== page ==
Now she has a little more clarity of the situation.
The day of the incident, Clayton had been told to report to human resources at place of employment.

“The prospect of losing your job probably pushed you to reach for the bottle again and you fell off the wagon. I believe that you went for the gun to try and gain control over the situation because everything else in your life was so out of control,” she continued.
Luckily, Heer had her phone with her and was able to call for help. A doctor told her the bullet was less than an inch from her femoral artery. Half of the bullet exited out of the back of her leg and the other half embedded in the bone.

Because of her injuries, Heer had to miss eight days of work without pay. She spent nine weeks on crutches and was in physical therapy for five months, learning how to walk again.
Along with the physical pain, the injury also affected her emotionally.

“I see the scar every time I use the restroom, shower, change clothes or wear a swimsuit and it takes me back to that day every single time,” according to her statement.
She chooses not to wear shorts, short dresses or skirts because she can see the scar.

Loud noises also affect her. She said fireworks, construction noise or event neighbors taking part in target practice bring her back to the moment when a gun was pointed at her face.
With everything Heer has gone through, she said she forgives Clayton. Not for him though, she forgives him for herself.

“I learned so much through this experience, but I never could have done it without God. He brought me through the fire and used that heat to mold me into a new person, someone called to share my story. You can’t have the testimony without the test … you don’t have the message without the mess,” Heer wrote in her blog. “Because of what He has brought me through, I am stronger. My faith in Him has grown exponentially because He was always faithful and never left my side. He is right by your side, too …trust and lean.”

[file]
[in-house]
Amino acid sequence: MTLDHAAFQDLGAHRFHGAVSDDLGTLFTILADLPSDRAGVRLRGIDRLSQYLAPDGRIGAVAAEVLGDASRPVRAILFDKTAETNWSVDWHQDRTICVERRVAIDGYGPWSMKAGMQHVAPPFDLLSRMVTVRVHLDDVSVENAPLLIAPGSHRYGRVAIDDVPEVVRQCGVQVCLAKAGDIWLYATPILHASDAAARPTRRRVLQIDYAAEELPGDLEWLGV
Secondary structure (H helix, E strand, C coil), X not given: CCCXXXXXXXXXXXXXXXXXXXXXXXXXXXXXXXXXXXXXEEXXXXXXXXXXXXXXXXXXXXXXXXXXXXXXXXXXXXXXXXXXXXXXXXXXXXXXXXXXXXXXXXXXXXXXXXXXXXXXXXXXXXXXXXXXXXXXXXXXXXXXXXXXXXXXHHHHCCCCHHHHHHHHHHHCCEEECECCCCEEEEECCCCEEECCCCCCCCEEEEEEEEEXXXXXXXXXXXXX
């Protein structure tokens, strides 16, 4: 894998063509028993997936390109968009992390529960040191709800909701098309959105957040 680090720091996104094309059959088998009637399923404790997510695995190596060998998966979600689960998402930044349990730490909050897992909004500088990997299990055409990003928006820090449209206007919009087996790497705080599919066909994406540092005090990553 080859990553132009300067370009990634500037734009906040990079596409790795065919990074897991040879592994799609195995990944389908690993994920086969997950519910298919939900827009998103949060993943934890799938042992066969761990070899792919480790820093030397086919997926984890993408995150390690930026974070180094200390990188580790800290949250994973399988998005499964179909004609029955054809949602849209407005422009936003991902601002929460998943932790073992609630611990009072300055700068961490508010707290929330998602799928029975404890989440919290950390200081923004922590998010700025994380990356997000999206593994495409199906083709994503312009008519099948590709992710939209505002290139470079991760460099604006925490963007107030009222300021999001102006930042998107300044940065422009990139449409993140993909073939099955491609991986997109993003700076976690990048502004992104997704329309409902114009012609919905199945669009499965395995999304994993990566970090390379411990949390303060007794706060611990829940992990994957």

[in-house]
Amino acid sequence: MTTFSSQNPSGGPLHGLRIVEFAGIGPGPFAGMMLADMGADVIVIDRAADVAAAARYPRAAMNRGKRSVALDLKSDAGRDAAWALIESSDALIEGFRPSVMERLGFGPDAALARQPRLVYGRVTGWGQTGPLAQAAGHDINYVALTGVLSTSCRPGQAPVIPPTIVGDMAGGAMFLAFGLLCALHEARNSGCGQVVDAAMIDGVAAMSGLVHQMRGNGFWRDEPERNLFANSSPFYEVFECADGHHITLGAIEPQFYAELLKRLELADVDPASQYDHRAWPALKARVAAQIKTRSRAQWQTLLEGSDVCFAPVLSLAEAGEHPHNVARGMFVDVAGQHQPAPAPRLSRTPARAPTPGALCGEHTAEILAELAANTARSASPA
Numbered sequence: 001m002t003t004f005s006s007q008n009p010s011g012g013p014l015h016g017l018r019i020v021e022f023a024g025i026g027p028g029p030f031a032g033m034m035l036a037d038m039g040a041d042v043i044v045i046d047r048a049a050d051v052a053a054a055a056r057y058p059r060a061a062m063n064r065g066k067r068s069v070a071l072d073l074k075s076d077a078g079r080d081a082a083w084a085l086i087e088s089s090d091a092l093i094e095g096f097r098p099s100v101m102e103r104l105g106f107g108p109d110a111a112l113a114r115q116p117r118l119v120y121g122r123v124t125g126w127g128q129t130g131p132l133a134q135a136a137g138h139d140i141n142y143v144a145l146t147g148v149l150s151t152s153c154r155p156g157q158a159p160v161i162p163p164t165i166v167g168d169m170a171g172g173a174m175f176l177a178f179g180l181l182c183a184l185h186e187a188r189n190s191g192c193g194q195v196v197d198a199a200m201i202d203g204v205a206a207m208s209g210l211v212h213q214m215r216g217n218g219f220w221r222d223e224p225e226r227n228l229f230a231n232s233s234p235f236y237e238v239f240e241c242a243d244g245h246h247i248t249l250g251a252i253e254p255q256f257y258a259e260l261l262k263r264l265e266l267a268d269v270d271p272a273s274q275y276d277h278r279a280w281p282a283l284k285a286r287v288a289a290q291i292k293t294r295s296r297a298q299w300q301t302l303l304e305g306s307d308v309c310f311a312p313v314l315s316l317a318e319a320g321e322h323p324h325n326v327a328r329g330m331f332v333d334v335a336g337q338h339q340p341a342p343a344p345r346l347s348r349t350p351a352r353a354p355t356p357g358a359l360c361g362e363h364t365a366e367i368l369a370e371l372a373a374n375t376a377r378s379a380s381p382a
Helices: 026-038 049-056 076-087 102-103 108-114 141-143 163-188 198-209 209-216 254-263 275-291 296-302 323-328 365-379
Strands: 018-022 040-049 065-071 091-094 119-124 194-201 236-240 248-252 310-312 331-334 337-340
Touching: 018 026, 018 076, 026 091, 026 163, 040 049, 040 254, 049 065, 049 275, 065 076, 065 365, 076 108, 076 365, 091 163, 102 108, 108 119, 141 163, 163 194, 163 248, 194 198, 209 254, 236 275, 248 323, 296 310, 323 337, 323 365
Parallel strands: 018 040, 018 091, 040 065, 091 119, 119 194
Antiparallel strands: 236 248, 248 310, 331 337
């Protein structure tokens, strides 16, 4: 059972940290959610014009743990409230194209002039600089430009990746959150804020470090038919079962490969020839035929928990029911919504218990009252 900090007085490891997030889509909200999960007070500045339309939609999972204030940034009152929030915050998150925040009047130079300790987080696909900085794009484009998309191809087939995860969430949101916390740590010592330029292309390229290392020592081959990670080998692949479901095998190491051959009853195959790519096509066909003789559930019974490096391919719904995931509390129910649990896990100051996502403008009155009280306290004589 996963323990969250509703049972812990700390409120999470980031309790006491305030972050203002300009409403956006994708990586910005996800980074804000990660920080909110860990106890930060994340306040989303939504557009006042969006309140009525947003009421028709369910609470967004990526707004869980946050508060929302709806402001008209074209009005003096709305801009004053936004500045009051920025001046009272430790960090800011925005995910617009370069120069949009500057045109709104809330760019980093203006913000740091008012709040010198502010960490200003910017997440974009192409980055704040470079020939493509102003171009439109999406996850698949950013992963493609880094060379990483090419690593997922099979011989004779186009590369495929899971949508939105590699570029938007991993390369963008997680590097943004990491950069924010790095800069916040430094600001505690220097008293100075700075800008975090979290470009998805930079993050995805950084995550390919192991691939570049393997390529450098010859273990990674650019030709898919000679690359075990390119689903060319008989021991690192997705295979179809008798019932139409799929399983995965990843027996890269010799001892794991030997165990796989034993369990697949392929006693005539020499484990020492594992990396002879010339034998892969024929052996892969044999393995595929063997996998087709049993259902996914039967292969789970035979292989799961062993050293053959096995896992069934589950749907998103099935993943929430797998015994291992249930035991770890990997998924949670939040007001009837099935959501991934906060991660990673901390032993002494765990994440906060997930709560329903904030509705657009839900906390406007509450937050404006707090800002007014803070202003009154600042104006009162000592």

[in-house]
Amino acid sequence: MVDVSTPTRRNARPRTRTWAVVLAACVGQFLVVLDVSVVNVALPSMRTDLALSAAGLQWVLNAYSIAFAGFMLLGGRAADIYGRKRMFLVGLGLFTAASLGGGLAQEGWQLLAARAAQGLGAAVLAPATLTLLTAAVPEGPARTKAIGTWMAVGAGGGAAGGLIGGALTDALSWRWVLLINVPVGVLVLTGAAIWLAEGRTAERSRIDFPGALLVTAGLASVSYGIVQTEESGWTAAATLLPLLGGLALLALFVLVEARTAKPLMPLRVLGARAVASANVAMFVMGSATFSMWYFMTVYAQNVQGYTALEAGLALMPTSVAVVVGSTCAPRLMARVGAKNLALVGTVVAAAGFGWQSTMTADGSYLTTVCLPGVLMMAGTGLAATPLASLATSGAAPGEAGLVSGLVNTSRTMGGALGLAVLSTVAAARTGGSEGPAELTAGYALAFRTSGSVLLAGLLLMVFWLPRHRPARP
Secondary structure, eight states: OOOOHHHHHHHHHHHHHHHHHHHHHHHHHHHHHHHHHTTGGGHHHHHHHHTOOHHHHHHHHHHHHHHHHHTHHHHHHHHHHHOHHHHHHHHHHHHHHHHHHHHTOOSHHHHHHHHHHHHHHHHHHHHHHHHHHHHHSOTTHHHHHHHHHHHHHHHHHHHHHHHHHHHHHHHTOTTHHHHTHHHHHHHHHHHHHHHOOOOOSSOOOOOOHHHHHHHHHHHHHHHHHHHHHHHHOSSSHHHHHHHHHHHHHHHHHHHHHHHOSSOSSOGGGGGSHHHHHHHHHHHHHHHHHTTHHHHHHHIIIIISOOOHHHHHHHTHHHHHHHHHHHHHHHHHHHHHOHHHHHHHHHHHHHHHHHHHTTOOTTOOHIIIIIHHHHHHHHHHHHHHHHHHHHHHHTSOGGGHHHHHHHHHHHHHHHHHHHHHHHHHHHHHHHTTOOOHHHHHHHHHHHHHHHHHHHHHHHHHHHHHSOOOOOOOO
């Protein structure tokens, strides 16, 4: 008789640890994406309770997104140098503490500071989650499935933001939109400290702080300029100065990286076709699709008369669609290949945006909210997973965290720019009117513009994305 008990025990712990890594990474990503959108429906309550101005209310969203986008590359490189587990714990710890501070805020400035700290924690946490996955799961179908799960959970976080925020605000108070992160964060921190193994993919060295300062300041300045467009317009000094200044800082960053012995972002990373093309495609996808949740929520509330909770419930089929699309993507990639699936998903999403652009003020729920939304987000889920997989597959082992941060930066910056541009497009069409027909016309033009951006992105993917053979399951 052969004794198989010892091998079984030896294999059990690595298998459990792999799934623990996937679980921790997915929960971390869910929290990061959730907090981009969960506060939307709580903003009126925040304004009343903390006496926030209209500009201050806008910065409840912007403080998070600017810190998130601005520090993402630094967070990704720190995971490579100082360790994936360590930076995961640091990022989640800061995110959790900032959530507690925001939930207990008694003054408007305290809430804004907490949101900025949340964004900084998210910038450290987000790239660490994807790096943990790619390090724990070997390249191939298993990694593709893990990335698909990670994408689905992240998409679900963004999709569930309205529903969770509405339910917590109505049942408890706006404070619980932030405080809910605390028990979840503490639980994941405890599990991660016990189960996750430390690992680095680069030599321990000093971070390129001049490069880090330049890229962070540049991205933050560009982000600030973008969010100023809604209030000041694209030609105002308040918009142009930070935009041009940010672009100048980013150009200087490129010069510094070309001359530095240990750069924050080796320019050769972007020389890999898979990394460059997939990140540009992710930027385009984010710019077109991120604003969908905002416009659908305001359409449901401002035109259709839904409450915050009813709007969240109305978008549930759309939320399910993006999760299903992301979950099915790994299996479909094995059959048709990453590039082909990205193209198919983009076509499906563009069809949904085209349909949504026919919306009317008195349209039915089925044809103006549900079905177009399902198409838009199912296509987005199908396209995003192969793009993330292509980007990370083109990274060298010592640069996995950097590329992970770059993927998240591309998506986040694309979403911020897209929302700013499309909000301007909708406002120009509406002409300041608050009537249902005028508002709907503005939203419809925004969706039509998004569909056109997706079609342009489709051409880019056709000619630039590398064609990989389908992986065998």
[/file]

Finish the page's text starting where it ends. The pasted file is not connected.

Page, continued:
Heer said she agreed to Clayton’s plea because she did not want to testify. Answering questions about the shooting brings back memories and feelings from that day.

She calls the 17-month court process “very difficult and emotionally draining.”
Fortunately, Heer had lots of people to help her.

Jajuan Archer, founder and president of Women’s Own Worth, a Saline County organization helping victims of violent crimes, has helped Heer through this process.
The day after the shooting, Archer came to Heer’s home and told her “It’s not your fault.”

That statement saved Heer’s life, she said.
At the time, Heer was suffering from depression and had suicidal thoughts.

Archer also forced her to get an order of protection that day.

Benton attorneys Clint and Jennifer Lancaster helped her through the order of protection process and her divorce.
Heer encourages other women who may be in a similar situation and think “there is a place you can go,” to know it is possible for them to overcome an obstacle and be stronger in the end.